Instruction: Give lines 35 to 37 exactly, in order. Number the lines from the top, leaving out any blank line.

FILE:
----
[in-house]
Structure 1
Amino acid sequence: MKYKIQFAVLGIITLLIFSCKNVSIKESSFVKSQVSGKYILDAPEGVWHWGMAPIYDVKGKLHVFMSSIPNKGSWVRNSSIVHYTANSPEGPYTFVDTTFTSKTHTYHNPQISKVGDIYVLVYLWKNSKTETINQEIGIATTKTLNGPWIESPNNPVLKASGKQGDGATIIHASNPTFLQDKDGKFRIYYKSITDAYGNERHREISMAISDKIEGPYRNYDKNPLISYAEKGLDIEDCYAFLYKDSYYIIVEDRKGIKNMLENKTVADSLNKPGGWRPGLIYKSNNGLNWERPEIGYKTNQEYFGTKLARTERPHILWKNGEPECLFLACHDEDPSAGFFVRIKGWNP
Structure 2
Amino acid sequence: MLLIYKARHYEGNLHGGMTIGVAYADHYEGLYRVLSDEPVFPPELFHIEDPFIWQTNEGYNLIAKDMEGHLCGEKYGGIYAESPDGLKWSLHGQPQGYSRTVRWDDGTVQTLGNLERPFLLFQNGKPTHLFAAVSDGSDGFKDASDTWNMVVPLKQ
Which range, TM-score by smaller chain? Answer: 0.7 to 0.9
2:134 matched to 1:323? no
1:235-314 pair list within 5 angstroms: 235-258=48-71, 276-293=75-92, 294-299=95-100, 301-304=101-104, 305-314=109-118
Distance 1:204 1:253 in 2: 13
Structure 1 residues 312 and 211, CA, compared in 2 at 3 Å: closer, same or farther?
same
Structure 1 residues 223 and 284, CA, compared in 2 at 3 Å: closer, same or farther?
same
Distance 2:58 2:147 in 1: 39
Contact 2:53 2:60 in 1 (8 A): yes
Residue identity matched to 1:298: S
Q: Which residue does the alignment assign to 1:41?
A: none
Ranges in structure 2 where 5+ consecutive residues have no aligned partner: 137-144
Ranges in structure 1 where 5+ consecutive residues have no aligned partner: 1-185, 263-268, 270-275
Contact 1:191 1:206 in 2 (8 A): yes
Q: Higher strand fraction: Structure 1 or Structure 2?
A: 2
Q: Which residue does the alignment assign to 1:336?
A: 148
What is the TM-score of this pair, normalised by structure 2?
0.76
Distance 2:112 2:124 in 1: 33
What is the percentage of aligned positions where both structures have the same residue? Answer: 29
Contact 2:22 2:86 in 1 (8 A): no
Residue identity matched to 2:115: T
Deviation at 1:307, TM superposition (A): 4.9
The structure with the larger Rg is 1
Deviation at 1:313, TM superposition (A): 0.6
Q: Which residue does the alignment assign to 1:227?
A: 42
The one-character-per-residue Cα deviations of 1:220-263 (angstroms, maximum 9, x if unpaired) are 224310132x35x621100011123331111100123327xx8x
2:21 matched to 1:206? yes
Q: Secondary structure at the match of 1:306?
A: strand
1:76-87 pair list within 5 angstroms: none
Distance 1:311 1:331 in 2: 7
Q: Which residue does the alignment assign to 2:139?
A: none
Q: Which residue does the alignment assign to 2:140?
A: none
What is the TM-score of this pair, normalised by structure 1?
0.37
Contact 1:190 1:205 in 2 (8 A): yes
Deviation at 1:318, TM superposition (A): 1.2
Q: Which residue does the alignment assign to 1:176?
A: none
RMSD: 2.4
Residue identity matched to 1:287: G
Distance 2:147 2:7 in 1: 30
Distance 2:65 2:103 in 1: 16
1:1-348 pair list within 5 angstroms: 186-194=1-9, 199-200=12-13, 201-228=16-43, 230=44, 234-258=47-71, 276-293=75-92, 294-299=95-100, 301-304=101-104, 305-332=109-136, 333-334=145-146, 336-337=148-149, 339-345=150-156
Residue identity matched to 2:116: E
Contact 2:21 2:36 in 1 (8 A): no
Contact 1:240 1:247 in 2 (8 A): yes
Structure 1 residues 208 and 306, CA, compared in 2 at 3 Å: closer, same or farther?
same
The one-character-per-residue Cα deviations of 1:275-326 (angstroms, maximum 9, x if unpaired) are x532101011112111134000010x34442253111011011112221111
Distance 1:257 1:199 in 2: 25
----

Q: Which residue does the alignment assign to 1:227?
A: 42
The one-character-per-residue Cα deviations of 1:220-263 (angstroms, maximum 9, x if unpaired) are 224310132x35x621100011123331111100123327xx8x